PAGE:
I have a lot of different responses to dystopian and apocalyptic literature… A personal response… a professional response, and I have a few ideas on the larger cultural meanings behind the rise in popularity of post-apocalyptic and dystopian fiction.
First, from a personal level… I grew up in the cold war. I participated in duck-and-cover drills in elementary school… movies like Dr. Strangelove, The Day After and Miracle Mile spoke to me on a personal level. I played role playing games like Gamma World and (shout out to fellow old-school-geek Junot Diaz) Aftermath!). And I read stuff like A Canticle for Leibowitz. From this personal connection to the apocalypse, I developed a relationship to the post-apocolpytic genre’s close sibling, Dystopian Literature.
I’m not sure, but I think one of the first “dystopian” stories I ever read was “’Repent, Harlequin!’ Said the Ticktockman” by Harlan Ellision. It was all down hill from there, as I ingested everything from Huxley to Burgiss to Aldis to Ballard… I could go on and on. But for whatever reason, this type of fiction really spoke to me… and I ate it up. Voraciously. From Literature with a capitol L, to the new wave to cyberpunk, if it was dystopian in nature, I probably read it.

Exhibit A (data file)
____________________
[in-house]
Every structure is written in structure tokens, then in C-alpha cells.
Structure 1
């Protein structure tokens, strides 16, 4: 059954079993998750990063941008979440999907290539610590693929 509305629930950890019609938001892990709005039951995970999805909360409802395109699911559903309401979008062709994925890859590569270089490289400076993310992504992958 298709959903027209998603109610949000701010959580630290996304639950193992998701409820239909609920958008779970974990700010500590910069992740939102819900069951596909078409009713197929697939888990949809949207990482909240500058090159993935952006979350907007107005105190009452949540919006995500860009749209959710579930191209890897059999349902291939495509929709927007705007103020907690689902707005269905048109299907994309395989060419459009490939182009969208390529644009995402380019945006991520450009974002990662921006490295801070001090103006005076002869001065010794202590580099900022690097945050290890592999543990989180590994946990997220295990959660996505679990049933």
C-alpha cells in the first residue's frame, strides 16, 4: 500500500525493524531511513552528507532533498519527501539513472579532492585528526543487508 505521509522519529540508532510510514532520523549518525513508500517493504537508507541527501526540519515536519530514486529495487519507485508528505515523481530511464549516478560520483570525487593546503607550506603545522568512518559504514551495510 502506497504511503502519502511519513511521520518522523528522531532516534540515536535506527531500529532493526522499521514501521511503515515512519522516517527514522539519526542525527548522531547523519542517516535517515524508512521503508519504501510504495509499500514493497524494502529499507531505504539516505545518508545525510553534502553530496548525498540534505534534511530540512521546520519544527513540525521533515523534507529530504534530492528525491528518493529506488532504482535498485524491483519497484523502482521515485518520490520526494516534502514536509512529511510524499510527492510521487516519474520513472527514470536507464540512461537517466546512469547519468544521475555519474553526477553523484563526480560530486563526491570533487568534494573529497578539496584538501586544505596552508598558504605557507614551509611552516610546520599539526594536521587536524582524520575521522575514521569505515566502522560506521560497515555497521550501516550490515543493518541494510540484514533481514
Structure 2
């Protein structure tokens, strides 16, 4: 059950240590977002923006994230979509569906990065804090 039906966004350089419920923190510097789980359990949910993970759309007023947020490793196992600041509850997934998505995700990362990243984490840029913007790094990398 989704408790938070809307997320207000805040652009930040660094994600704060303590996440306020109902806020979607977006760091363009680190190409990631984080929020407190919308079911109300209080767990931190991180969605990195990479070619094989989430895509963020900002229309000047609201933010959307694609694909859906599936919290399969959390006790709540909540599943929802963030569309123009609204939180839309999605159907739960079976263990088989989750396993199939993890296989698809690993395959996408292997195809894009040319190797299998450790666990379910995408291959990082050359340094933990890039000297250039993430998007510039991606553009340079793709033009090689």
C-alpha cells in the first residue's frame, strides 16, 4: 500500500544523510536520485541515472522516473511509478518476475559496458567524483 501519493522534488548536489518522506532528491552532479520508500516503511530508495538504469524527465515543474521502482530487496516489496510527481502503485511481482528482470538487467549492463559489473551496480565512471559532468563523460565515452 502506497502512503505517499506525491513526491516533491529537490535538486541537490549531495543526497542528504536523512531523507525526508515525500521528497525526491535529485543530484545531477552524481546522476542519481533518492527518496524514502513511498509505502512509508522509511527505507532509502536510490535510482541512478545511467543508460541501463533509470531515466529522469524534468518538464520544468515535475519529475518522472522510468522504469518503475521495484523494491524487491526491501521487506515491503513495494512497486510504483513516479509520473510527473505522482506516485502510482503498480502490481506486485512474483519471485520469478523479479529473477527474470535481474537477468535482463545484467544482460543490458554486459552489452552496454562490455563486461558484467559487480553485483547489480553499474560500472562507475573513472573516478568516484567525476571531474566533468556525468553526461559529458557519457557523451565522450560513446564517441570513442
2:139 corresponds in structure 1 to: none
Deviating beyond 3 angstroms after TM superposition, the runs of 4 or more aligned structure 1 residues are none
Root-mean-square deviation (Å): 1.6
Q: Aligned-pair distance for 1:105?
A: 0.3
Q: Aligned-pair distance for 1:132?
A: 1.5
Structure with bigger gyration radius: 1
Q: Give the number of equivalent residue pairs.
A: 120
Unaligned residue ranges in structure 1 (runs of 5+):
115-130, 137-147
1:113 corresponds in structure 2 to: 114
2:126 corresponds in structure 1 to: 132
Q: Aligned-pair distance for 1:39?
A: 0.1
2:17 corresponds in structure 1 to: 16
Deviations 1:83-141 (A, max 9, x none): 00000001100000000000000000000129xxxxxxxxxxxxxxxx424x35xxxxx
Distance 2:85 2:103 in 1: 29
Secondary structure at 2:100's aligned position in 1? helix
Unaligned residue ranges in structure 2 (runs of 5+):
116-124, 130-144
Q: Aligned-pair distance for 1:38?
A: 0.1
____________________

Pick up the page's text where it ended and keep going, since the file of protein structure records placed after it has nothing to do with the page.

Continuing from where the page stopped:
Eventually I ended up doing this Science fiction thing for a living. When John Joseph Adams approached me with an idea about a reprint anthology – Wastelands – my first thought was… “Well, I guess that’s an okay idea… but I already HAVE all those stories. Who exactly is this anthology for?” Then I took off my SF-Grognard hat, and put on my publisher hat and said “It’s for the vast majority of readers out there, who don’t have upwards of three thousand anthologies and single author collections in their personal library.” While wearing this publisher hat, I figured there would be a moderate amount of interest in a post-apocalyptic anthology.Read More...